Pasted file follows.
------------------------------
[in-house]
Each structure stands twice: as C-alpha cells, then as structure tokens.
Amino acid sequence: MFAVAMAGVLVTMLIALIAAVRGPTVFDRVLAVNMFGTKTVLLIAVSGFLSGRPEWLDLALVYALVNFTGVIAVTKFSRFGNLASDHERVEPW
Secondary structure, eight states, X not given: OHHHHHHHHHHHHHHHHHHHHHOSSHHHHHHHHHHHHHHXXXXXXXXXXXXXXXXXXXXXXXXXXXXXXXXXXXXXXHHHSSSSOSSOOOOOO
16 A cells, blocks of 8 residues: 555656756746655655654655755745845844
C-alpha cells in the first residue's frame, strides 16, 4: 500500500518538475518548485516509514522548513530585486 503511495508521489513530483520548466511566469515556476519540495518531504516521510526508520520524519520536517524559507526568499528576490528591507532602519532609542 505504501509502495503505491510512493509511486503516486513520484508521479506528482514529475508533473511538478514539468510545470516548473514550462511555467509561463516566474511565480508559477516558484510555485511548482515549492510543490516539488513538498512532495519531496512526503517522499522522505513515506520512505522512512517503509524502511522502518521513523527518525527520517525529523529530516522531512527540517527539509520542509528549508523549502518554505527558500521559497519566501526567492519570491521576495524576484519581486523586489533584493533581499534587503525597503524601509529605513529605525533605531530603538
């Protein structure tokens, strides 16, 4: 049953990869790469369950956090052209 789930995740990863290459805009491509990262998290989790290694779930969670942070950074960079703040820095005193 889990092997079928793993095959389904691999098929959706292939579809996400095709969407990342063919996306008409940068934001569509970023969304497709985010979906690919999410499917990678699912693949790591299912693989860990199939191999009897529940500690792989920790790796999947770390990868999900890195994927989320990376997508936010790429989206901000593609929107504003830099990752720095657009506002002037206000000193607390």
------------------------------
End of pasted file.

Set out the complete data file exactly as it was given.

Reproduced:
[in-house]
Each structure stands twice: as C-alpha cells, then as structure tokens.
Amino acid sequence: MFAVAMAGVLVTMLIALIAAVRGPTVFDRVLAVNMFGTKTVLLIAVSGFLSGRPEWLDLALVYALVNFTGVIAVTKFSRFGNLASDHERVEPW
Secondary structure, eight states, X not given: OHHHHHHHHHHHHHHHHHHHHHOSSHHHHHHHHHHHHHHXXXXXXXXXXXXXXXXXXXXXXXXXXXXXXXXXXXXXXHHHSSSSOSSOOOOOO
16 A cells, blocks of 8 residues: 555656756746655655654655755745845844
C-alpha cells in the first residue's frame, strides 16, 4: 500500500518538475518548485516509514522548513530585486 503511495508521489513530483520548466511566469515556476519540495518531504516521510526508520520524519520536517524559507526568499528576490528591507532602519532609542 505504501509502495503505491510512493509511486503516486513520484508521479506528482514529475508533473511538478514539468510545470516548473514550462511555467509561463516566474511565480508559477516558484510555485511548482515549492510543490516539488513538498512532495519531496512526503517522499522522505513515506520512505522512512517503509524502511522502518521513523527518525527520517525529523529530516522531512527540517527539509520542509528549508523549502518554505527558500521559497519566501526567492519570491521576495524576484519581486523586489533584493533581499534587503525597503524601509529605513529605525533605531530603538
């Protein structure tokens, strides 16, 4: 049953990869790469369950956090052209 789930995740990863290459805009491509990262998290989790290694779930969670942070950074960079703040820095005193 889990092997079928793993095959389904691999098929959706292939579809996400095709969407990342063919996306008409940068934001569509970023969304497709985010979906690919999410499917990678699912693949790591299912693989860990199939191999009897529940500690792989920790790796999947770390990868999900890195994927989320990376997508936010790429989206901000593609929107504003830099990752720095657009506002002037206000000193607390």